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Objectively measured far vision impairment and sarcopenia among adults aged ≥ 65 years from six low- and middle-income countries

Authors
 Lee Smith  ;  Guillermo F López-Sánchez  ;  Louis Jacob  ;  Yvonne Barnett  ;  Shahina Pardhan  ;  Nicola Veronese  ;  Pinar Soysal  ;  Mark A Tully  ;  Trish Gorely  ;  Jae Il Shin  ;  Ai Koyanagi 
Citation
 AGING CLINICAL AND EXPERIMENTAL RESEARCH, Vol.33(11) : 2995-3003, 2021-11 
Journal Title
AGING CLINICAL AND EXPERIMENTAL RESEARCH
ISSN
 1594-0667 
Issue Date
2021-11
MeSH
Aged ; Cross-Sectional Studies ; Developing Countries* ; Exercise ; Female ; Hand Strength ; Humans ; Male ; Sarcopenia* / epidemiology
Keywords
Far vision impairment ; Low- and middle-income countries ; Older adults ; Sarcopenia ; Visual impairment
Abstract
Background: There are currently no studies on visual impairment and sarcopenia. We investigated the cross-sectional association between objectively measured far vision impairment and sarcopenia in a nationally representative sample of older adults aged 65 years and over from six low- and middle-income countries (LMICs).

Methods: Cross-sectional, community-based data from the study on global ageing and adult health (SAGE) were analyzed. Far vision acuity was measured using the tumbling E LogMAR chart and classified as: no vision impairment (6/12 or better); mild vision impairment (6/18 or better but worse than 6/12); moderate vision impairment (6/60 or better but worse than 6/18); severe vision impairment (worse than 6/60). Sarcopenia was defined as having low skeletal muscle mass and either a slow gait speed or a weak handgrip strength. Associations were assessed with multivariable logistic regression.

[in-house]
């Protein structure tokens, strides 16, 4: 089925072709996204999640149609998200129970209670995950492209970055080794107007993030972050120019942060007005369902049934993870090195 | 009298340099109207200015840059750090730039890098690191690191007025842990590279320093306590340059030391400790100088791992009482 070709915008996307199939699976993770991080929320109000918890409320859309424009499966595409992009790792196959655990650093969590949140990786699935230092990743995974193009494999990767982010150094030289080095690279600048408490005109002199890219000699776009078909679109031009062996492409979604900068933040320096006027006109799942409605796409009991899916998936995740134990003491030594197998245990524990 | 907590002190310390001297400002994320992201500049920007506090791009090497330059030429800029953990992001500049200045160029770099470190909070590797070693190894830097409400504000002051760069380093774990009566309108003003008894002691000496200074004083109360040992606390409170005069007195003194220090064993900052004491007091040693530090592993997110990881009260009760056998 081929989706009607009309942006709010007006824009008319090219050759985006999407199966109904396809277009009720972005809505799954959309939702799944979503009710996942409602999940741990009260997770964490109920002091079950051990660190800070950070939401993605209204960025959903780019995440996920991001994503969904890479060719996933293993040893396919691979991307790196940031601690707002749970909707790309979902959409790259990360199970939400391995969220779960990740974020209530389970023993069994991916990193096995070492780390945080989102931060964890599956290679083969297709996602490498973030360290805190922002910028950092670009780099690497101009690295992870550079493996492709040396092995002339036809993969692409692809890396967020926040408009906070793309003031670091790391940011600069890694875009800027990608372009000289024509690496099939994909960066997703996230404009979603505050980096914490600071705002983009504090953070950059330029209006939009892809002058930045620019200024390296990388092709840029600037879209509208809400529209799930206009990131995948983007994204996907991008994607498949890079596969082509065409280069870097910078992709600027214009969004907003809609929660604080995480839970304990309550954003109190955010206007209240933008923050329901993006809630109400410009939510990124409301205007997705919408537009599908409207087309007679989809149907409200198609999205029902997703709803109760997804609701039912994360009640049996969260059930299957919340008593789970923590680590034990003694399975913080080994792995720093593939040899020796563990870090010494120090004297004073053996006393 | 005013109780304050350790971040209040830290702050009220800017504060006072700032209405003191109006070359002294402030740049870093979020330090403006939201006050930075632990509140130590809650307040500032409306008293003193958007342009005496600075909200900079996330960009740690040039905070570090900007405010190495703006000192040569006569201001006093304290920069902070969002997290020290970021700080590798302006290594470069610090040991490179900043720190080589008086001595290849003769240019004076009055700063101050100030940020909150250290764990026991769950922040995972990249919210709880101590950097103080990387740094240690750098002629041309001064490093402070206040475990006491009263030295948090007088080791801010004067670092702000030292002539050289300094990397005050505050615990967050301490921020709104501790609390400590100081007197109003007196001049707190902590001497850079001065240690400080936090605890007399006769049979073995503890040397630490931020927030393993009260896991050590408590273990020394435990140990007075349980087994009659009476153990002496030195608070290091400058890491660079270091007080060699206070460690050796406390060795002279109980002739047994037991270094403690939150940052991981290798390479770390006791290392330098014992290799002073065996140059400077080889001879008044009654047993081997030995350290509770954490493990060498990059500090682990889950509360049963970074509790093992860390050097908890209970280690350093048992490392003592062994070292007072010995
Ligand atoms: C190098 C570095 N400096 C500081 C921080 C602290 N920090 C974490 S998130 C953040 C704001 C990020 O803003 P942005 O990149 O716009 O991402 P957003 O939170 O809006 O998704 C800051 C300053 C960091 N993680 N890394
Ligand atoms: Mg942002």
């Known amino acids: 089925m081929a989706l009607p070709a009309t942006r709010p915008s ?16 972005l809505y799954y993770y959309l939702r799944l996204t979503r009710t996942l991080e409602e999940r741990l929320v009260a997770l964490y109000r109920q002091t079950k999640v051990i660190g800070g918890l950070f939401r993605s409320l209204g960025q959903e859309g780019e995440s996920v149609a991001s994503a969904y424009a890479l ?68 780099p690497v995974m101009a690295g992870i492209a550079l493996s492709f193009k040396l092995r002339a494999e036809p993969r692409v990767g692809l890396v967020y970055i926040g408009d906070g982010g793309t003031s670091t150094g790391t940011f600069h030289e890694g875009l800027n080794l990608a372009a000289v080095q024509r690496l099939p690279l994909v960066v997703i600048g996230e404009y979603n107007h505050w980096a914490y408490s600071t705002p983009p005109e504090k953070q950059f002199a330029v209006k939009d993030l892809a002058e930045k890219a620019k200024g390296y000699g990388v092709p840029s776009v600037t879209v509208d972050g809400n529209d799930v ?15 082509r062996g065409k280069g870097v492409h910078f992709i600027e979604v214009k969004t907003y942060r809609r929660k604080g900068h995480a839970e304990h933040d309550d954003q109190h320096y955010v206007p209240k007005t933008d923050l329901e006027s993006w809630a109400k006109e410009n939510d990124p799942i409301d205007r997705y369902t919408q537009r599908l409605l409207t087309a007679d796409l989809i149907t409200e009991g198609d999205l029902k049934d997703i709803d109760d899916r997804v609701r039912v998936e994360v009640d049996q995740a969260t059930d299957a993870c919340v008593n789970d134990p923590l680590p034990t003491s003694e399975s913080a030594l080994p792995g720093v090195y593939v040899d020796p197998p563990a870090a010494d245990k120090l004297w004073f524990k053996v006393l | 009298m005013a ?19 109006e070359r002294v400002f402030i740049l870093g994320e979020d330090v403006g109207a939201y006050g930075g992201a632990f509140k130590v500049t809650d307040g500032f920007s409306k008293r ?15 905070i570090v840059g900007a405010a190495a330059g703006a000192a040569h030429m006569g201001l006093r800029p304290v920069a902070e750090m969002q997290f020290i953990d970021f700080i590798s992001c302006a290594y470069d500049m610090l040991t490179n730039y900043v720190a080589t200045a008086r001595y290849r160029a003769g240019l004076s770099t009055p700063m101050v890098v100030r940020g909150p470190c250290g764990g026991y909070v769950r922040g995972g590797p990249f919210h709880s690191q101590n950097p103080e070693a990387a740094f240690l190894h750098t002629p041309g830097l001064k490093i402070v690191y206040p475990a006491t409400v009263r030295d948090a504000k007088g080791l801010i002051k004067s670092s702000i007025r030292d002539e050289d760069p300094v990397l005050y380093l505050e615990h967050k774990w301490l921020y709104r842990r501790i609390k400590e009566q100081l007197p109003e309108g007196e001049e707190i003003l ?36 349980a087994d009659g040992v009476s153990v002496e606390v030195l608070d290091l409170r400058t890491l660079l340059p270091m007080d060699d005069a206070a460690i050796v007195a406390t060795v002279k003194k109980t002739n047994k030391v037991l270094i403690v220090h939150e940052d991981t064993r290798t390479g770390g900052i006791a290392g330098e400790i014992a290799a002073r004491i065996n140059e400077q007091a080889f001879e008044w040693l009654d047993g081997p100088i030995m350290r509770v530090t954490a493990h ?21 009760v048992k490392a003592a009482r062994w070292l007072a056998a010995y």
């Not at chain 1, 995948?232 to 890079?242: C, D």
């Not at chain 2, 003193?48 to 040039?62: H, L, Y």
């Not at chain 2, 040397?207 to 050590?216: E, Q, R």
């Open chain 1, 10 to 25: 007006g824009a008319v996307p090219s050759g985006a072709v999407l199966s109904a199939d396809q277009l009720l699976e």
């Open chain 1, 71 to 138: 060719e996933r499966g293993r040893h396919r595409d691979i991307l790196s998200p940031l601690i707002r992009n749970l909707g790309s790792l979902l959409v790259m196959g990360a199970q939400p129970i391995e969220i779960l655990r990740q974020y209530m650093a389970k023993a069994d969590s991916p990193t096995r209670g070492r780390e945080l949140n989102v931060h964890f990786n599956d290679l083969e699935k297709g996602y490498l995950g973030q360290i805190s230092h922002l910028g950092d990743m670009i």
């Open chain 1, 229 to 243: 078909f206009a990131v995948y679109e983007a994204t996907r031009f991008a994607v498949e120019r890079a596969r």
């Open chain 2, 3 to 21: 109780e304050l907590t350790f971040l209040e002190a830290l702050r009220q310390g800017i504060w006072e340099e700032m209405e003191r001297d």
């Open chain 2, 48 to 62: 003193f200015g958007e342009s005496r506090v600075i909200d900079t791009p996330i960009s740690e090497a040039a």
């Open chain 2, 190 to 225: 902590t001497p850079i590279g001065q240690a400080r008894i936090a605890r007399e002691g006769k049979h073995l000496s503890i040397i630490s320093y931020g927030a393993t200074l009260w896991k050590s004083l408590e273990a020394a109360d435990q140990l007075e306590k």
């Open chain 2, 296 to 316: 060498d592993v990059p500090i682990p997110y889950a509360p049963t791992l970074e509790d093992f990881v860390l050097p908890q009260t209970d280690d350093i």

Results: Fourteen thousand five hundred and eighty five individuals aged ≥ 65 years were included in the analysis [mean (SD) age 72.6 (11.5) years; 54.1% females]. After adjustment for multiple potential confounders, compared to those with no vision impairment, the OR (95% CI) for sarcopenia in those with mild, moderate, and severe vision impairment were 1.10 (0.87-1.40), 1.69 (1.25-2.27), and 3.38 (1.69-6.77), respectively. The estimates for females and males were similar.

Conclusions: The odds for sarcopenia increased with increasing severity of far vision impairment among older people in LMICs. The mere co-occurrence of these conditions is concerning, and it may be prudent to implement interventions to address/prevent sarcopenia in those with far vision impairment through the promotion of physical activity and appropriate nutrition.
Full Text
https://link.springer.com/article/10.1007/s40520-021-01841-y
DOI
10.1007/s40520-021-01841-y
Appears in Collections:
1. College of Medicine (의과대학) > Dept. of Pediatrics (소아과학교실) > 1. Journal Papers
Yonsei Authors
Shin, Jae Il(신재일) ORCID logo https://orcid.org/0000-0003-2326-1820
URI
https://ir.ymlib.yonsei.ac.kr/handle/22282913/187477
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